It’s tough to believe it has been almost 25 years since a member of the Milwaukee Brewers was featured exclusively on the cover of Sports Illustrated. Actually, no it’s not. The Brewers have not been very good in recent history. Since 1987, they have had only five winning seasons. They made the playoffs once during that span — in 2008 — and won only one game. Simply put, there hasn’t been much to talk about in Milwaukee since the 1980s.Google+
I had some reluctance in even doing this post because I fear that I’m playing right into Sports Illustrated’s hands by mentioning their cover this week — the more buzz about the issue, the more people will want to buy it and purchase or renew subscriptions, the more it reinforces poor behavior by SI. Let it be known however, that I talked about their cover when Zach Johnson got the snub in favor of Tiger Woods following the Masters, and I talked about it recently when Royals pitcher Zack Greinke made the cover. To get back to it, SI decided to place a 16-year-old high school sophomore baseball player you nor I have ever even heard of on the cover of its storied magazine. The
athlete prodigy to whom he’s compared in the article is LeBron James. I’m not sure exactly what SI’s trying to accomplish here — to prove to people that they were “first” in on the kid when the guy strikes it big, or to just start dumping all the hype and corresponding pressure on him so that they’re the first to ruin him?
I’ll admit that I went to go read the story because there was an element of shock to it, almost like hearing that a golf magazine put a noose on the cover or something. What’s so damn special about a kid who might not even be able to drive, considering he’s in a sport where most players need years of development in the professional ranks to blossom and that he’s so far away from the top level. There are two points I’d like to make here. The first is that I’ll read the magazine and talk about it anytime they have a good article — it can be something simple on a player like Albert Pujols who has earned the spotlight; I don’t want them to feel as if they need to “shock us” in order to get extra eyeballs. Secondly, I think it’s downright despicable that they’re using their powerful platform to promote and hype up some 16-year-old kid who could wind up discovering weed and booze by July, or worse yet, cocaine, crack, and tats. I’m sick of the A-Rods and Josh Hamiltons who couldn’t handle all the pressure and became either extreme unlikable or pissed everything away. If this guy really is that much of a prodigy, then I don’t appreciate respected outlets like SI ruining him at such a young age. At least let him win a Rookie of the Year award before you start singing his praises. How is it the that kid gets a cover while Jorge Posada wins four World Series rings, hits about 25 bombs and drives in around 90 runs a year for a solid decade, and never makes it into the front page? Something about that just isn’t right.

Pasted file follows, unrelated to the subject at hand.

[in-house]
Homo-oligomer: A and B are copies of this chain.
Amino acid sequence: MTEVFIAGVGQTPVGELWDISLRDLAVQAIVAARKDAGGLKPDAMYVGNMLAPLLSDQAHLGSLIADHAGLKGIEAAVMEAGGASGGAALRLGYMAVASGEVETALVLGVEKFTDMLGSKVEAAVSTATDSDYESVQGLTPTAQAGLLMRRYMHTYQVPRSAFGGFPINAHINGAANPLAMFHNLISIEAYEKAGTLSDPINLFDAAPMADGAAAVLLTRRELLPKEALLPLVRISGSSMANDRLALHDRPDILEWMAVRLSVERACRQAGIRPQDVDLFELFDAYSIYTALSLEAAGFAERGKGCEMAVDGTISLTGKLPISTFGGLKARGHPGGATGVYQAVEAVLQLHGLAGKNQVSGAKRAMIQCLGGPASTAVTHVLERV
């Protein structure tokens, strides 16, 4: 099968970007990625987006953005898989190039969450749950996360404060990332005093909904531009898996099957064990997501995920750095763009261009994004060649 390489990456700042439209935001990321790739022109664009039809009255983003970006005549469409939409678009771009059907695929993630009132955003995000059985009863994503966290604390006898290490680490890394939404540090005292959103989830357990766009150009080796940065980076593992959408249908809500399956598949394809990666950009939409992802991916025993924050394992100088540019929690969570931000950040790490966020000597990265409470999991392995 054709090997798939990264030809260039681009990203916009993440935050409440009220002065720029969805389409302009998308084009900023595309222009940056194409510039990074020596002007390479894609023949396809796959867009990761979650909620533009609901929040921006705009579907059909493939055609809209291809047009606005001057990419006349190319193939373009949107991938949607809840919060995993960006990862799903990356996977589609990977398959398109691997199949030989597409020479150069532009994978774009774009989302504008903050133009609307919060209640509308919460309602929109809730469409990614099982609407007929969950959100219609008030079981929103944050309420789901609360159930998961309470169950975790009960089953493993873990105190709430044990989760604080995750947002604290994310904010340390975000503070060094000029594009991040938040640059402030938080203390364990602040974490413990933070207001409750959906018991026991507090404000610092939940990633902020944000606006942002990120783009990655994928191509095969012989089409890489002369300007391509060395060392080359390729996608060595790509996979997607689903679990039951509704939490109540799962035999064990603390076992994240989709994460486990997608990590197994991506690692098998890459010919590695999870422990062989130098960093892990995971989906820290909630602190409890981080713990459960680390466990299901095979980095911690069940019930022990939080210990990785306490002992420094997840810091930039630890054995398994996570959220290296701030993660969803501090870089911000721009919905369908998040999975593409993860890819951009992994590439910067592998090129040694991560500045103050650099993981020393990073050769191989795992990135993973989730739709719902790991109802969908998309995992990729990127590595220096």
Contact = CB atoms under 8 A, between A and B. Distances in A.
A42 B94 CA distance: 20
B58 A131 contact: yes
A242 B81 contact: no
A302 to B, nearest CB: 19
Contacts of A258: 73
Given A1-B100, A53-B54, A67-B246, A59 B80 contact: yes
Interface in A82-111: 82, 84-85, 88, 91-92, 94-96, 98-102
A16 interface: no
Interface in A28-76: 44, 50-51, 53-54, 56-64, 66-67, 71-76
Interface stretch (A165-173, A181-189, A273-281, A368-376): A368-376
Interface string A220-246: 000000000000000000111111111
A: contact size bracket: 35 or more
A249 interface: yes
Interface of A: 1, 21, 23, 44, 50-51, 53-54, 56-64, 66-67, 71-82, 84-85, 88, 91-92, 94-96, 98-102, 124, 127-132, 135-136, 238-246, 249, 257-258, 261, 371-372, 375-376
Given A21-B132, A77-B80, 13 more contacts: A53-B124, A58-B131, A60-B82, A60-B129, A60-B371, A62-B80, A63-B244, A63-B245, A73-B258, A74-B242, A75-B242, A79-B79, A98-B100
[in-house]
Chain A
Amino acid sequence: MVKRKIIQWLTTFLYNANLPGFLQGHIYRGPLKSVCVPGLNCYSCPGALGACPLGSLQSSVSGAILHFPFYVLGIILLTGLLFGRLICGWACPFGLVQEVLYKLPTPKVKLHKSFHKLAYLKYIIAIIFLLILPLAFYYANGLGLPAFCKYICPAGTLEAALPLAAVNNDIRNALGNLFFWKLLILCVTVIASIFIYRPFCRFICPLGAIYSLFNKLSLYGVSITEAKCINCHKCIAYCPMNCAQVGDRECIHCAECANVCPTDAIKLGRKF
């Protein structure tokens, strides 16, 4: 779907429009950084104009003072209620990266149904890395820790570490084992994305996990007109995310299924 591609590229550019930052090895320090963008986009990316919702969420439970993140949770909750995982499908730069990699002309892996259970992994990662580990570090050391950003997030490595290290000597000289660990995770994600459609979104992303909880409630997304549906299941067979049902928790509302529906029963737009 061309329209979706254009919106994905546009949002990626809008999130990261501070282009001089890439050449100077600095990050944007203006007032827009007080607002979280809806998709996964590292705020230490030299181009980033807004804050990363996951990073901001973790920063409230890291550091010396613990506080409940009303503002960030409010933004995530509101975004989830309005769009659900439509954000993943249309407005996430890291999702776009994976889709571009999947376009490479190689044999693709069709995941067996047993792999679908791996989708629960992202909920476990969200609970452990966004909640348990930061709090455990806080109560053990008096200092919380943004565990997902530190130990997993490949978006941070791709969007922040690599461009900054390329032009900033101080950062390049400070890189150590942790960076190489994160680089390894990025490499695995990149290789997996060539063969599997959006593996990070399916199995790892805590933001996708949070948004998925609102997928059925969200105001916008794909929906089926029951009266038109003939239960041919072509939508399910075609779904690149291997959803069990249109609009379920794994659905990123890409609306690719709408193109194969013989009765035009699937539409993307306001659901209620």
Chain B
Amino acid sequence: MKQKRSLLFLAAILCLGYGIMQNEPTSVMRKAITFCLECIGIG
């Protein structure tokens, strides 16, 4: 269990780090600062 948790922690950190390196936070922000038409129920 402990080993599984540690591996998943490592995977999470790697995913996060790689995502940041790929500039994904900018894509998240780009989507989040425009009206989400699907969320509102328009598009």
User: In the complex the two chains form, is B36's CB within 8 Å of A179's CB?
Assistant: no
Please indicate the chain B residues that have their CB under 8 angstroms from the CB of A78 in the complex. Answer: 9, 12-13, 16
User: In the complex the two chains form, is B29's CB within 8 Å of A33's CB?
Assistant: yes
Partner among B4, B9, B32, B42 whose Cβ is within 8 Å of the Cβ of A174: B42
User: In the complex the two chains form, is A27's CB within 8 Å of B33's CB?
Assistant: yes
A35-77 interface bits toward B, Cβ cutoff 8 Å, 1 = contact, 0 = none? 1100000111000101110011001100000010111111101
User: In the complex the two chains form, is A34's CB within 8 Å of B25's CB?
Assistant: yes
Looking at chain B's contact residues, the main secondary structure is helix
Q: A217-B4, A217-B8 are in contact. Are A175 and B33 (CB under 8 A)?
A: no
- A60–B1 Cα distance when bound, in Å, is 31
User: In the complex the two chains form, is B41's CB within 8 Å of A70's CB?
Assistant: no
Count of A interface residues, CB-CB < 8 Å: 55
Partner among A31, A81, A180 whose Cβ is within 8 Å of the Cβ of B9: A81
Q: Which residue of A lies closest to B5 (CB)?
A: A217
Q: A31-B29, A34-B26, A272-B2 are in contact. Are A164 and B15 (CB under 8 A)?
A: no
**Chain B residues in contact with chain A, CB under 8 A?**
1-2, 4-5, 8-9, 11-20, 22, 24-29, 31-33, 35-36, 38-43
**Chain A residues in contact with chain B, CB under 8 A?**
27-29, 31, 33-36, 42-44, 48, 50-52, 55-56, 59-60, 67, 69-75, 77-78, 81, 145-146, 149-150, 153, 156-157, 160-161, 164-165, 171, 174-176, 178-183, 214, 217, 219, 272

Oh yeah, and I can’t let this kid’s family get away without criticism. They’re equally responsible as SI for allowing this to happen — all they have to do is say “no” and the story doesn’t come out. Maybe they’re blinded by the fame, the luster, the hype, the buzz, and the money that can come with being on the cover of a magazine. It’s unfortunate because they’ve already lost sight of what’s most important for their son in the long run.Google+
Obviously I read Sports Illustrated. Obviously Sports Illustrated bears a load of significance in the sports world. Obviously what appears on the cover of Sports Illustrated is a reflection of the particular time in sports. Obviously I am upset over what was on the cover of this week’s issue. Obviously it was a conscious decision to usurp Zach Johnson and his accomplishment of winning a major, with the failings of Tiger Woods. And that disappoints me.
It’s not that I’m a golf fan; I cannot properly describe the context of Zach Johnson’s victory. I don’t know whether or not to liken his win to George Mason making the Final Four, or the 83-78 Cardinals winning the World Series. I cannot tell you that. But what I do know is that he won The Masters. Yes, you can try to sportadox the tournament — did Tiger Woods choke it away (which is the angle SI is taking), or did Zach Johnson steal it away (which is playing a secondary role in all of this). To me that doesn’t change the overarching story, that Zach Johnson earned his day in the sun.
The Des Moines Register took issue with the cover as well, considering Johnson is a native Iowan. Here were Johnson’s comments in response
“Does that surprise me?â€ Masters champion and Iowa native Zach Johnson said today. “Absolutely not. That’s probably a good thing.â€
“That’s fine. I’m happy he’s on there,â€ said Johnson, who plays in the first round of PGA Tour’s Verizon Heritage at Hilton Head, S.C., on Thursday.
Johnson may not be making a stink about it, but deep down it has to hurt. Yes, Tiger failing to win will most likely have greater historical significance in the big picture. Does his fall now change the outlook for his opponents on Sunday? Did Tiger lose his stripes? Is it no longer a given that Tiger will wrap up a major he’s leading in the final round? Yes, these are all more important issues in the context of golf’s future. But still, I believe the cover should be a reward for the accomplishments of a player, not his failings. Let me ask you this, if Peyton choked in the Super Bowl, would it have been Rex Grossman on the cover, or Peyton Manning? That’s what I thought.
Sports Illustrated consciously erred in this case, and I hope they make up for it.Â Zach Johnson deserves it.Google+